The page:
High court says public employees don’t have to pay regular agency fees to unions that represent them in collective bargaining and more, which could hurt faculty and staff unions.
Source: Matt Reed, Inside HigherEd, Confessions of a Community College Dean blog, June 27, 2018
The ruling on unions.
A friend in grad school once commented that she and I followed the Supreme Court the same way that normal people follow baseball. So yes, I’ve been mulling over the Janus v AFSCME case for months. Longer, in fact, if you count the version that didn’t get decided when Scalia died.
I’ve been working in unionized public higher education since 2003. At all three community colleges, and in both states, representation fees were part of the order of the day. I’ve known faculty who swear that the union is the only thing standing between them and penury, and I’ve known faculty who wanted absolutely nothing to do with their union. Having also worked in a decidedly non-union setting — DeVry — I’ve seen the differences. But here I’ll focus instead on possible long-term fallout. Assuming the ruling stands for a while, what’s likely to happen?
The obvious immediate impact will be that the folks who only pay representation fees because they’re compelled to, will stop. Anecdotally, I’d guess that this is a small, but non-zero, number. That will represent lost income for the union, and a short-term boost in take-home pay for those employees.
What happens next is less obvious.
Teachers’ activism will survive the Janus Supreme Court ruling
Source: Sherman Dorn, The Conversation, June 27, 2018
….As a scholar of the history of post-World War II education policy, I see this decision as an important landmark in the history of teachers unions. The Supreme Court ruling is a serious legal and financial blow, but it will not kill public employee unions, teachers unions – or the ability of teachers to work together to amplify their voices for social change….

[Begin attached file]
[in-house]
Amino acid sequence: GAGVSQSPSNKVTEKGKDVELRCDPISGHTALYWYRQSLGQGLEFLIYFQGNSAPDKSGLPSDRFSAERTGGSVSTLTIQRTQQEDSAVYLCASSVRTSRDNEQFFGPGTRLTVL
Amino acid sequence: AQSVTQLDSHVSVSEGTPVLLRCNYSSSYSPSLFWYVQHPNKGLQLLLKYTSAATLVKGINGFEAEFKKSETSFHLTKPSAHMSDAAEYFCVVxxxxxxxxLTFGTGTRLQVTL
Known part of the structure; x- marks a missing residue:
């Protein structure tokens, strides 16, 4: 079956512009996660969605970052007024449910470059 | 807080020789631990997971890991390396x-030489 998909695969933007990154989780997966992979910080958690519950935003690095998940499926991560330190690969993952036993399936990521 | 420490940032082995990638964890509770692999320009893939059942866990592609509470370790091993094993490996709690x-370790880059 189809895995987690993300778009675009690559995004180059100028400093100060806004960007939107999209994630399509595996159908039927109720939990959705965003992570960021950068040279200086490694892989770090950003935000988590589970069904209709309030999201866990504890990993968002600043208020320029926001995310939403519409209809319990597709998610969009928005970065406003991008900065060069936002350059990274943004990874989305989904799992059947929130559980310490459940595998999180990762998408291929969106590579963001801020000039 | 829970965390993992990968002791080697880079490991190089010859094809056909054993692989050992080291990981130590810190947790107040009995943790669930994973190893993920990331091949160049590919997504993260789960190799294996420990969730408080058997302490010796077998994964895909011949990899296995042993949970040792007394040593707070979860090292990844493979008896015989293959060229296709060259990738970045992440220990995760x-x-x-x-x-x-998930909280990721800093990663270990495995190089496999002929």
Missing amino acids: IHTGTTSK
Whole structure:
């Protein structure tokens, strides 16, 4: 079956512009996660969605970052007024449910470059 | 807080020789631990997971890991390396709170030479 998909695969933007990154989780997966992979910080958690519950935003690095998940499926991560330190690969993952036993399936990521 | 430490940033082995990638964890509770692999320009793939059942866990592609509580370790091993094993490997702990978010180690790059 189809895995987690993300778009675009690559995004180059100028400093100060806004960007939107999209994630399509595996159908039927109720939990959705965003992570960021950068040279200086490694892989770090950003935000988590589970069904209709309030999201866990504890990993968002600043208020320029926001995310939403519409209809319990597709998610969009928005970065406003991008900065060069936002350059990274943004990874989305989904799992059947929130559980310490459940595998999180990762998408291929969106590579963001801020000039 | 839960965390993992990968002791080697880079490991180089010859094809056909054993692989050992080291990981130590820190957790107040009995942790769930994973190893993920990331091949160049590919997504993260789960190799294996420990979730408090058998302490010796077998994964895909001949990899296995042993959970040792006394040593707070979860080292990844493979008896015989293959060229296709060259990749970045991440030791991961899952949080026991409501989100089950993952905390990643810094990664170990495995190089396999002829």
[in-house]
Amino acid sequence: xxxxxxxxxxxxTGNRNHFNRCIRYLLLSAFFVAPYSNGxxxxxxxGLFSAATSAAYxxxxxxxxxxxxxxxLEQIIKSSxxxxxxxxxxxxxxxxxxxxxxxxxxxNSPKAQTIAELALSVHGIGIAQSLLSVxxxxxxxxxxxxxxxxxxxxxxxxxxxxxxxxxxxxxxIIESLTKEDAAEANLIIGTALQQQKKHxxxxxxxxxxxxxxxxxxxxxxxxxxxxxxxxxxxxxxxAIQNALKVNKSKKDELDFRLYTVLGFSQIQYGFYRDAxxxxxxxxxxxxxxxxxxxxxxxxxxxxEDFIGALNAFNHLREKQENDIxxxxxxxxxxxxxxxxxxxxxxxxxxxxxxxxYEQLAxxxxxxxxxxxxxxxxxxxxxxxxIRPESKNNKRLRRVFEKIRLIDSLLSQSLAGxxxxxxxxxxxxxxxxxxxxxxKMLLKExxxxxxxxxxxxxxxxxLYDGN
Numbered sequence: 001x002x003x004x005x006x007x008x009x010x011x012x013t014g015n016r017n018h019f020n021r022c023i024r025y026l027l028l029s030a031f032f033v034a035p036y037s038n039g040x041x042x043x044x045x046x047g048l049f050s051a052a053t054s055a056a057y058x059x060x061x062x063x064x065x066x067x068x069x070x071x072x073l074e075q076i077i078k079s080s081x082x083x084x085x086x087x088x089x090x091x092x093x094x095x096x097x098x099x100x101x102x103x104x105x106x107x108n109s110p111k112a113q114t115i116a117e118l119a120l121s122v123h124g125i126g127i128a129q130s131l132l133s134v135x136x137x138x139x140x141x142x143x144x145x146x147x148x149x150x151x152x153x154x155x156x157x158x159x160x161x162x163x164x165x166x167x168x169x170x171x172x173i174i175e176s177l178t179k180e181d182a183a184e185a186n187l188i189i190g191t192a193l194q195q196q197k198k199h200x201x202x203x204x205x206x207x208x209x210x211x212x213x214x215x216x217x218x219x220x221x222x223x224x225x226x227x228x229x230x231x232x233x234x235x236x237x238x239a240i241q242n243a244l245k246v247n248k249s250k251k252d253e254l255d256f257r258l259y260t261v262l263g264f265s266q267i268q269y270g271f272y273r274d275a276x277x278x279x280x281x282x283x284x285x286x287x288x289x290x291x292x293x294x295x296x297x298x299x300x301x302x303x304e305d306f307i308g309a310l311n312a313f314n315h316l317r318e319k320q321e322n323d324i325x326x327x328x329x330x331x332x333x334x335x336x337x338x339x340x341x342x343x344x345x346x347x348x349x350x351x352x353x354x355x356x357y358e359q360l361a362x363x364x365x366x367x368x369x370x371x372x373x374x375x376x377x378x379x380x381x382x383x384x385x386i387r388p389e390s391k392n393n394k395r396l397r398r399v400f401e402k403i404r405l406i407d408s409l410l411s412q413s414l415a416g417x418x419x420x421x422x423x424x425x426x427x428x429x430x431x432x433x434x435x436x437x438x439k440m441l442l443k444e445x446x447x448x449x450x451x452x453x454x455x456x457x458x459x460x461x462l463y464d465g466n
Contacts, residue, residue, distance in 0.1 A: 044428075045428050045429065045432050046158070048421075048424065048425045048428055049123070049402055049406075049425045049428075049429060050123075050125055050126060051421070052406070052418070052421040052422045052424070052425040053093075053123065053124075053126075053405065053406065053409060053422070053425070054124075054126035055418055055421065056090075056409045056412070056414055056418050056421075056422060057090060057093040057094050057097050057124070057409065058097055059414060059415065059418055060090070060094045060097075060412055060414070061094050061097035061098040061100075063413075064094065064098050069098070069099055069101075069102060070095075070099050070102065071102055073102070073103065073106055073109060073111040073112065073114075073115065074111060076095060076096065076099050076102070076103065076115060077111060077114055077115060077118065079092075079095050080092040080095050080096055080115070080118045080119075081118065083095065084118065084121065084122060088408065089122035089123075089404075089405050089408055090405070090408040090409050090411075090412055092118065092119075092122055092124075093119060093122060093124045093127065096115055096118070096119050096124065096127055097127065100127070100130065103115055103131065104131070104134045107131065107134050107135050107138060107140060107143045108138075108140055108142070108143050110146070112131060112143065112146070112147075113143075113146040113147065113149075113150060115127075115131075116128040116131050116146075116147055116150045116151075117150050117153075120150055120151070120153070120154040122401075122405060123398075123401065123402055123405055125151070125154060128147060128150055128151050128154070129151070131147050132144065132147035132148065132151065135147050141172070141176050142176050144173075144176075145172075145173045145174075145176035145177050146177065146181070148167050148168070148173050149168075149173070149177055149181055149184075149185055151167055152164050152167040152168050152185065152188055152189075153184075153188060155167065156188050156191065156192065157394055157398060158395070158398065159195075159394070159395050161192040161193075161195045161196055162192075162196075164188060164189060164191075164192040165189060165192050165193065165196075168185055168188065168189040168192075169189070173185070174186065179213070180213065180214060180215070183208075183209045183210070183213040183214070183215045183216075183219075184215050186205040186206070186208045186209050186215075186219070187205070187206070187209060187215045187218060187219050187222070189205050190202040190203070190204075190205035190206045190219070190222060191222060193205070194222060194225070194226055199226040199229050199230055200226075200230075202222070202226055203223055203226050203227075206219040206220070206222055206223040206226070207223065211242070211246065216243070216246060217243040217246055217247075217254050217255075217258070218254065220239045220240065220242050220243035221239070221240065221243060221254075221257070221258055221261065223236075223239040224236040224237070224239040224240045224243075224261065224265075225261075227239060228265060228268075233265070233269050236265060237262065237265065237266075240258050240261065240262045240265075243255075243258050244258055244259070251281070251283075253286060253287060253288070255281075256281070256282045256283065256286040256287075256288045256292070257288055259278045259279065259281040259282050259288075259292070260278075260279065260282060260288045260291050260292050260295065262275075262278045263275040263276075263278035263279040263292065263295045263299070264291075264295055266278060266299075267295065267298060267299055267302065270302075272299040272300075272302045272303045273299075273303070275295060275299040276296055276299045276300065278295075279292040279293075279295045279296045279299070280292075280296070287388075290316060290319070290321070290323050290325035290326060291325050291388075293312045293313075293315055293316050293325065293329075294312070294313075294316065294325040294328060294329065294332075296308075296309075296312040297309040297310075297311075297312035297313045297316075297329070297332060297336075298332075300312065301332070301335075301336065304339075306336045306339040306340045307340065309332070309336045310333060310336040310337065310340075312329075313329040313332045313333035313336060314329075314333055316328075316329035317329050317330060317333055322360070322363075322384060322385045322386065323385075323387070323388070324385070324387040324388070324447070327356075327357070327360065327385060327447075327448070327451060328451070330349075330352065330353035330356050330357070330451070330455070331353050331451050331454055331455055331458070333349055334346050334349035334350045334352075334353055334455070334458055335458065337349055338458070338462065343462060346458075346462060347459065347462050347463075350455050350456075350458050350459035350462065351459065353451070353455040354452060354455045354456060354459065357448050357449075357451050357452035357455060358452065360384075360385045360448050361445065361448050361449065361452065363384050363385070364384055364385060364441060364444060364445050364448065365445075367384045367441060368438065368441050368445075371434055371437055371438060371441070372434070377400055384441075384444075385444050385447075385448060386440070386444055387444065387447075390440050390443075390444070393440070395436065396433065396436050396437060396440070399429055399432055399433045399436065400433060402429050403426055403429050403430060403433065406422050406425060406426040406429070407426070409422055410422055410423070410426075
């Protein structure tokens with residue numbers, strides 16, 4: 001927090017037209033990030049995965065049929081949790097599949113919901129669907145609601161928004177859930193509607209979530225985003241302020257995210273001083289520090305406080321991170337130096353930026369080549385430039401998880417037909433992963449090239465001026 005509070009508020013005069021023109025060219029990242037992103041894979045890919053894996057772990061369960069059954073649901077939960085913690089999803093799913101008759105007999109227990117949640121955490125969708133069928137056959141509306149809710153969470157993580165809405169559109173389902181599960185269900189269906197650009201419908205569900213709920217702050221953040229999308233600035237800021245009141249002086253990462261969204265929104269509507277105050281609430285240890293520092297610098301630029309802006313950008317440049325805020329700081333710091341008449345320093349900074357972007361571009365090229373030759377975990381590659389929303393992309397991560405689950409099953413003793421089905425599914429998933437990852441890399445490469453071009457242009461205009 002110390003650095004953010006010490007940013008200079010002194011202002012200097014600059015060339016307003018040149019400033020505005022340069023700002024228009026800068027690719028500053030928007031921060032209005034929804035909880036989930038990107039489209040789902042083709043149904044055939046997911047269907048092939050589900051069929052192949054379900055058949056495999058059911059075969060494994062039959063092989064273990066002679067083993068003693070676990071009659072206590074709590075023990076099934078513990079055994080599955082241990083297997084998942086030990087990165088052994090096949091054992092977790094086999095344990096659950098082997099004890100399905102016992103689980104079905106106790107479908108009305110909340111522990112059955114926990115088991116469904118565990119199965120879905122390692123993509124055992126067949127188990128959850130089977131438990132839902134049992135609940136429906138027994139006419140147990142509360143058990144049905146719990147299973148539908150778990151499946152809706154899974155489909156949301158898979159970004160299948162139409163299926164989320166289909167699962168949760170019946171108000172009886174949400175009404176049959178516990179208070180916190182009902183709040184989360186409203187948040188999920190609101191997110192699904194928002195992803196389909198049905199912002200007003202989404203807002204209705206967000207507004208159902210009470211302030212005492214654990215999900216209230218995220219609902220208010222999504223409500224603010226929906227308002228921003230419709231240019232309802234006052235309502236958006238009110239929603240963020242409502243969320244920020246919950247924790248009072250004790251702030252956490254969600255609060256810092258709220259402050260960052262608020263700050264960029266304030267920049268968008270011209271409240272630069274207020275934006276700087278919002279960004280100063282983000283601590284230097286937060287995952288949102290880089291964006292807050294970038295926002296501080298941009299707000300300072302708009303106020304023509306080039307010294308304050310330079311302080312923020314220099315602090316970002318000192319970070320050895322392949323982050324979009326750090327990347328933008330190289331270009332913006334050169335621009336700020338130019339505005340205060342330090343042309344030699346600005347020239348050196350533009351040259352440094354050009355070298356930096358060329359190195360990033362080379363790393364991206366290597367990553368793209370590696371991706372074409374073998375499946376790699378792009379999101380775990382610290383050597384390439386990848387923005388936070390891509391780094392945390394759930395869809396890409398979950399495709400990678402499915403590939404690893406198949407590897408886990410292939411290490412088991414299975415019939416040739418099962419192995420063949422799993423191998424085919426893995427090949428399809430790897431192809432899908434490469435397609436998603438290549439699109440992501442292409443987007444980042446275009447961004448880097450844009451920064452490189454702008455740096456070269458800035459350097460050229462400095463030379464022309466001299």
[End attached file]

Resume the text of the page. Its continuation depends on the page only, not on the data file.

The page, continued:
Trump’s Supreme Court Strikes Blow to Government Workers, Good Paying Jobs
Source: Mary Bottari, Center for Media and Democracy, June 27, 2018
In a major blow to organized labor and good paying government jobs, the U.S. Supreme Court ruled today that government workers who choose not to join a union cannot be charged fees to reimburse the union for the cost of representing them in collective bargaining.
The decision was 5-4 in the Janus vs. AFSCME Council 31 case, with Trump appointee Neil Gorsuch supplying the deciding vote. Justice Samuel Alito, who actively invited a challenge to union fees, wrote the decision for the Court’s right-wing majority.
In today’s decision, Alito wrote that the fees, called “agency fees,” violated the First Amendment. In doing so, Alito overruled a 41-year-old Supreme Court decision legalizing these fees in the Abood vs. Detroit Board of Education decision.
The decision ushers in “right to work” style conditions for public employees in states across the nation. These anti-union measures originated in the Jim Crow South as a means of undermining unions who were organizing black and white workers together in the same shop. Predictably, Koch brothers groups–such as Americans for Prosperity, the American Legislative Exchange Council (ALEC), and the State Policy Network–cheered the ruling, while union leaders prepared to renegotiate thousands of contracts and deal with a new legal landscape for unions across the land.
Janus decision extends First Amendment ‘right of silence’
Source: Robert A. Sedler, The Conversation, June 27, 2018
The Supreme Court’s Janus ruling extends strong protection to the First Amendment ‘right of silence’ and continues their trend of expanding First Amendment rights, often at the behest of conservatives.